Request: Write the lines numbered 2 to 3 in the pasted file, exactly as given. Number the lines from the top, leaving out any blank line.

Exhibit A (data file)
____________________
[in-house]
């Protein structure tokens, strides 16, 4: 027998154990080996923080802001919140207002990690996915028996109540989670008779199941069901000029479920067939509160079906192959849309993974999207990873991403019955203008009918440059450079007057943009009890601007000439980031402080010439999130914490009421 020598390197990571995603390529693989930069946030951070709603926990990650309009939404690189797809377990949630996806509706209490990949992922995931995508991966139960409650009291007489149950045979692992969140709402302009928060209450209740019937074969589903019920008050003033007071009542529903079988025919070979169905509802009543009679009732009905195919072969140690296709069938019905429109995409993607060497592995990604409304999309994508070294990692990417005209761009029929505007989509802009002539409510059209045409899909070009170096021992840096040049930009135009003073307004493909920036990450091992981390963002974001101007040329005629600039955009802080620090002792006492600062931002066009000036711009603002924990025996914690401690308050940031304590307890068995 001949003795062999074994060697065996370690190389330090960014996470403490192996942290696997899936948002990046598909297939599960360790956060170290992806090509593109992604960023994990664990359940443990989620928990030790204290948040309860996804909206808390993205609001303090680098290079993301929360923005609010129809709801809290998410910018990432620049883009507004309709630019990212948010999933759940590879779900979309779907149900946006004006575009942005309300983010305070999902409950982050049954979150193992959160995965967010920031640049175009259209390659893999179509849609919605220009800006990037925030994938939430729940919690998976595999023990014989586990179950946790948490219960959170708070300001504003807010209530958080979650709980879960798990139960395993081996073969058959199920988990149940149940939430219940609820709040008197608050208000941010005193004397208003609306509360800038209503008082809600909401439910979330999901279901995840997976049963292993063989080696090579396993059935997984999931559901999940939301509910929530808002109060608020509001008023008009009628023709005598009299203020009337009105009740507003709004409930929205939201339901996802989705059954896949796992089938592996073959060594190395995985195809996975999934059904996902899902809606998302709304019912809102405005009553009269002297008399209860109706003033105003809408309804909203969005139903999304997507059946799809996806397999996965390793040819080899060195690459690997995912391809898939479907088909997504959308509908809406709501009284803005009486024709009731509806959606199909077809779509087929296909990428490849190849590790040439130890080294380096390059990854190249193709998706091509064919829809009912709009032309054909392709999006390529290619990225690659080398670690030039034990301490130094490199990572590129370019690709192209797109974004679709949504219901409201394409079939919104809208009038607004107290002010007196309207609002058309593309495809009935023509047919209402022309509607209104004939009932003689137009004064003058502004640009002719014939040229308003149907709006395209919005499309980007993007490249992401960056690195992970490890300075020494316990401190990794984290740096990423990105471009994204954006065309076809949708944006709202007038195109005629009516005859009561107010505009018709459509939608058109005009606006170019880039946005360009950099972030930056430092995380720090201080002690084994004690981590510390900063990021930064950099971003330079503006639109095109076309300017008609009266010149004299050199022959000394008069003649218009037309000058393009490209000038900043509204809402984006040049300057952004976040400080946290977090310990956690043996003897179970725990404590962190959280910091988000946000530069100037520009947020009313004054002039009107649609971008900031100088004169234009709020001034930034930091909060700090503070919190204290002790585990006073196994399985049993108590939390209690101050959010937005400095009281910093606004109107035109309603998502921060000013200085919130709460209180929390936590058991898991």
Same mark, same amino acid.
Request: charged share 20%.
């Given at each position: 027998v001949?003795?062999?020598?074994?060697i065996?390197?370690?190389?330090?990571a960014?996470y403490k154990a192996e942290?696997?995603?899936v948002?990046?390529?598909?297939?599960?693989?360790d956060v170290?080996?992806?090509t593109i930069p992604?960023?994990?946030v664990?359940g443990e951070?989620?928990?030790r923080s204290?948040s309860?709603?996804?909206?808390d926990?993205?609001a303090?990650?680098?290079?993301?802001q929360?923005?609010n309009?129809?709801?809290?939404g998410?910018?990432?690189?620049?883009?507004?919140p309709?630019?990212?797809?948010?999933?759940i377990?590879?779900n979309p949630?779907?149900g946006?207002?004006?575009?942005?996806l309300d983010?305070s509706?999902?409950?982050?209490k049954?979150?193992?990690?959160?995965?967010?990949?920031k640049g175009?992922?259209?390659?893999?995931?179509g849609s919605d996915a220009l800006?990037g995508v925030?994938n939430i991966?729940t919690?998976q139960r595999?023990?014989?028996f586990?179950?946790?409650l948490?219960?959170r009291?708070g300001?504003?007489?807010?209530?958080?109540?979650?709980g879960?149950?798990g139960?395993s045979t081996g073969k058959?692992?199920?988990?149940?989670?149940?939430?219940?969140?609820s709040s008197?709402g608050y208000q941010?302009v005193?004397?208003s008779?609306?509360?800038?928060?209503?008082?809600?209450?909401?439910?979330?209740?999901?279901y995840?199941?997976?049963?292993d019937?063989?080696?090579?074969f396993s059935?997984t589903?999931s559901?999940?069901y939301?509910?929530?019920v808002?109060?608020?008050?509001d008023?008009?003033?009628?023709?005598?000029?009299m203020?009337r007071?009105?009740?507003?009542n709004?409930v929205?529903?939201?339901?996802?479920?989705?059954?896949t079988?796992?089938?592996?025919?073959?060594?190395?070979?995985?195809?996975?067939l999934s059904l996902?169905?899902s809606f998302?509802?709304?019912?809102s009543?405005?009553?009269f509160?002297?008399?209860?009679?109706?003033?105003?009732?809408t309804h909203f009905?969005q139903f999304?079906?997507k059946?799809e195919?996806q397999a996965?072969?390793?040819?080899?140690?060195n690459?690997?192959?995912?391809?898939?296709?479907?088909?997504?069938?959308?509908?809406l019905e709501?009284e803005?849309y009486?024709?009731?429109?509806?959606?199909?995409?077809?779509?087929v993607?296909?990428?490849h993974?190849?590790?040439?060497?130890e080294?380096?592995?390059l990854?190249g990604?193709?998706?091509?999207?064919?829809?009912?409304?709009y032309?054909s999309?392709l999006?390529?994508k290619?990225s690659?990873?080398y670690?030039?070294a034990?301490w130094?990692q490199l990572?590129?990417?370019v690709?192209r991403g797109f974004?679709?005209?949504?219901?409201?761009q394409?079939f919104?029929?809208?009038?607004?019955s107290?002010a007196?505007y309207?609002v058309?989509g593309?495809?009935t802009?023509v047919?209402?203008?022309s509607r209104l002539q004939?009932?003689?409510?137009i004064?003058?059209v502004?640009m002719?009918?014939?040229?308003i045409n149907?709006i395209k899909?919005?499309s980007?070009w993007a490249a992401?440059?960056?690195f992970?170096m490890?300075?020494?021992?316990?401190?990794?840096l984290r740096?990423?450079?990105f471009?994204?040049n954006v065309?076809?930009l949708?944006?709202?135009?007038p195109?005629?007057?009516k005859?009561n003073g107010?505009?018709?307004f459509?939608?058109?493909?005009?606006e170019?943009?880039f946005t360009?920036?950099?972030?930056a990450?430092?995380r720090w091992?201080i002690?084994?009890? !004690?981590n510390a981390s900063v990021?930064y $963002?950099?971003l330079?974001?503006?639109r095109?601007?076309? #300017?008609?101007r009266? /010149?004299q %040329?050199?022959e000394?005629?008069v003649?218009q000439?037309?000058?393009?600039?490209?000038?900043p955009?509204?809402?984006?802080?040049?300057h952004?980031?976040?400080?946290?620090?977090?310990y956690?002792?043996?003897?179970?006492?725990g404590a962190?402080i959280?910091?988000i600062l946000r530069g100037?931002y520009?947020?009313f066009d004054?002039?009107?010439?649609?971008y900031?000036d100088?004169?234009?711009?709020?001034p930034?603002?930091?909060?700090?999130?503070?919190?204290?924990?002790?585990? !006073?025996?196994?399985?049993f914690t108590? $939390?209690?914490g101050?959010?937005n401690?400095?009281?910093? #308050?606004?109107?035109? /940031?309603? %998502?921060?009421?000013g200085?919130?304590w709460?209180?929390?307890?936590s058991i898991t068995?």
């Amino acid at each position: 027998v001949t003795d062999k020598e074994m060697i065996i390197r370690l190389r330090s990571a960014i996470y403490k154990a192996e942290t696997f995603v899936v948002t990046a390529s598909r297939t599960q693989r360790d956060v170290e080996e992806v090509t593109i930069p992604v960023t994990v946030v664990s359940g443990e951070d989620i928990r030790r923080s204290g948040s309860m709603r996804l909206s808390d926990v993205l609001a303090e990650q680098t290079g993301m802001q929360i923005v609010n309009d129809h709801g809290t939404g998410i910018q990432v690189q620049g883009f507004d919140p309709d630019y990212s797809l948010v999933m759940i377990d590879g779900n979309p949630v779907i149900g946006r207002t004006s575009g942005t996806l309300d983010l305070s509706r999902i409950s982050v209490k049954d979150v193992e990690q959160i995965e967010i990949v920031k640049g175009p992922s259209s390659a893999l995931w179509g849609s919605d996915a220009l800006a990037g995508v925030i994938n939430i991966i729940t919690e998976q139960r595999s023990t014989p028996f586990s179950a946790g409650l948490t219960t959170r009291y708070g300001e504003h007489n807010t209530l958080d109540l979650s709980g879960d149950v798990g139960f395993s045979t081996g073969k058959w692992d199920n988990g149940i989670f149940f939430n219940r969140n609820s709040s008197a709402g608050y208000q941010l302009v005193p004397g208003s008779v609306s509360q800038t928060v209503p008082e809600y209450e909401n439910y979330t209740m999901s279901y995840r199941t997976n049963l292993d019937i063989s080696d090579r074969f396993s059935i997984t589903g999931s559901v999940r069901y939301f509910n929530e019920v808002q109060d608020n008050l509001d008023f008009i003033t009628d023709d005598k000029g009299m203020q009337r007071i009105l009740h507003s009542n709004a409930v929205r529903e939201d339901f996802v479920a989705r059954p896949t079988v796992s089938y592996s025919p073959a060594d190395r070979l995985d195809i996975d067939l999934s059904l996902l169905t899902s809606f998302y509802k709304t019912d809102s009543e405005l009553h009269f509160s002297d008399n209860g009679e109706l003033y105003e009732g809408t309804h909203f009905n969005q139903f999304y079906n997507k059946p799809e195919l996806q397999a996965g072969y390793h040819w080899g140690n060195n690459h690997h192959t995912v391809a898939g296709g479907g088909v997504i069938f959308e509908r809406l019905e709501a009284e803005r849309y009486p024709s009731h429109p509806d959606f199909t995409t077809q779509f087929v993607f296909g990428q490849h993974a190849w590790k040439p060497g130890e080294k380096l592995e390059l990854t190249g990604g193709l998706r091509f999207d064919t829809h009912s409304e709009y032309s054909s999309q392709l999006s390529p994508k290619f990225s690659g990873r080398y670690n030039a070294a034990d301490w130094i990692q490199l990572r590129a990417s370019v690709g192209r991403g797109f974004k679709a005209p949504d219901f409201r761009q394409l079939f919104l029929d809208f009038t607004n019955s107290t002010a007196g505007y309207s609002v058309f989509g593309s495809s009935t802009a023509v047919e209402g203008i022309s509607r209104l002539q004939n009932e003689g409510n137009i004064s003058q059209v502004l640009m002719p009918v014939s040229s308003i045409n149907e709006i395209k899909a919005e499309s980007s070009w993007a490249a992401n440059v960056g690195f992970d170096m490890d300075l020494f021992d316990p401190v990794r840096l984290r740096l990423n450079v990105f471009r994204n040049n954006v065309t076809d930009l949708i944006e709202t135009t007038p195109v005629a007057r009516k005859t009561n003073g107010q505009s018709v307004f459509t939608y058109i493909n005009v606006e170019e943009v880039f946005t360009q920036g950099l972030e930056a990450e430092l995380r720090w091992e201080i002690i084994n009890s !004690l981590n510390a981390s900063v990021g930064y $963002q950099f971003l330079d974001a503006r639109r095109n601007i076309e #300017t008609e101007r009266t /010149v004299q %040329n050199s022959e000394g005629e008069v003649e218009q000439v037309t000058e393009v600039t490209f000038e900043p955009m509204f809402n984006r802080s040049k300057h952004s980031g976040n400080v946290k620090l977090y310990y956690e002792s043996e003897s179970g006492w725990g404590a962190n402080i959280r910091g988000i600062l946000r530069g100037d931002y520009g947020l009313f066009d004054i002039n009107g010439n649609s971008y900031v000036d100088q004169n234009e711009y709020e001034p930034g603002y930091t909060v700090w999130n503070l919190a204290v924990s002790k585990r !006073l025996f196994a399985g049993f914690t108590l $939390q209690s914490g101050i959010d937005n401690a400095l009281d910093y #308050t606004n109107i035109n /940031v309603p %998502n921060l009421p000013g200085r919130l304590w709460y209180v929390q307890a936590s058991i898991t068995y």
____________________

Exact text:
């Protein structure tokens, strides 16, 4: 027998154990080996923080802001919140207002990690996915028996109540989670008779199941069901000029479920067939509160079906192959849309993974999207990873991403019955203008009918440059450079007057943009009890601007000439980031402080010439999130914490009421 020598390197990571995603390529693989930069946030951070709603926990990650309009939404690189797809377990949630996806509706209490990949992922995931995508991966139960409650009291007489149950045979692992969140709402302009928060209450209740019937074969589903019920008050003033007071009542529903079988025919070979169905509802009543009679009732009905195919072969140690296709069938019905429109995409993607060497592995990604409304999309994508070294990692990417005209761009029929505007989509802009002539409510059209045409899909070009170096021992840096040049930009135009003073307004493909920036990450091992981390963002974001101007040329005629600039955009802080620090002792006492600062931002066009000036711009603002924990025996914690401690308050940031304590307890068995 001949003795062999074994060697065996370690190389330090960014996470403490192996942290696997899936948002990046598909297939599960360790956060170290992806090509593109992604960023994990664990359940443990989620928990030790204290948040309860996804909206808390993205609001303090680098290079993301929360923005609010129809709801809290998410910018990432620049883009507004309709630019990212948010999933759940590879779900979309779907149900946006004006575009942005309300983010305070999902409950982050049954979150193992959160995965967010920031640049175009259209390659893999179509849609919605220009800006990037925030994938939430729940919690998976595999023990014989586990179950946790948490219960959170708070300001504003807010209530958080979650709980879960798990139960395993081996073969058959199920988990149940149940939430219940609820709040008197608050208000941010005193004397208003609306509360800038209503008082809600909401439910979330999901279901995840997976049963292993063989080696090579396993059935997984999931559901999940939301509910929530808002109060608020509001008023008009009628023709005598009299203020009337009105009740507003709004409930929205939201339901996802989705059954896949796992089938592996073959060594190395995985195809996975999934059904996902899902809606998302709304019912809102405005009553009269002297008399209860109706003033105003809408309804909203969005139903999304997507059946799809996806397999996965390793040819080899060195690459690997995912391809898939479907088909997504959308509908809406709501009284803005009486024709009731509806959606199909077809779509087929296909990428490849190849590790040439130890080294380096390059990854190249193709998706091509064919829809009912709009032309054909392709999006390529290619990225690659080398670690030039034990301490130094490199990572590129370019690709192209797109974004679709949504219901409201394409079939919104809208009038607004107290002010007196309207609002058309593309495809009935023509047919209402022309509607209104004939009932003689137009004064003058502004640009002719014939040229308003149907709006395209919005499309980007993007490249992401960056690195992970490890300075020494316990401190990794984290740096990423990105471009994204954006065309076809949708944006709202007038195109005629009516005859009561107010505009018709459509939608058109005009606006170019880039946005360009950099972030930056430092995380720090201080002690084994004690981590510390900063990021930064950099971003330079503006639109095109076309300017008609009266010149004299050199022959000394008069003649218009037309000058393009490209000038900043509204809402984006040049300057952004976040400080946290977090310990956690043996003897179970725990404590962190959280910091988000946000530069100037520009947020009313004054002039009107649609971008900031100088004169234009709020001034930034930091909060700090503070919190204290002790585990006073196994399985049993108590939390209690101050959010937005400095009281910093606004109107035109309603998502921060000013200085919130709460209180929390936590058991898991």
Same mark, same amino acid.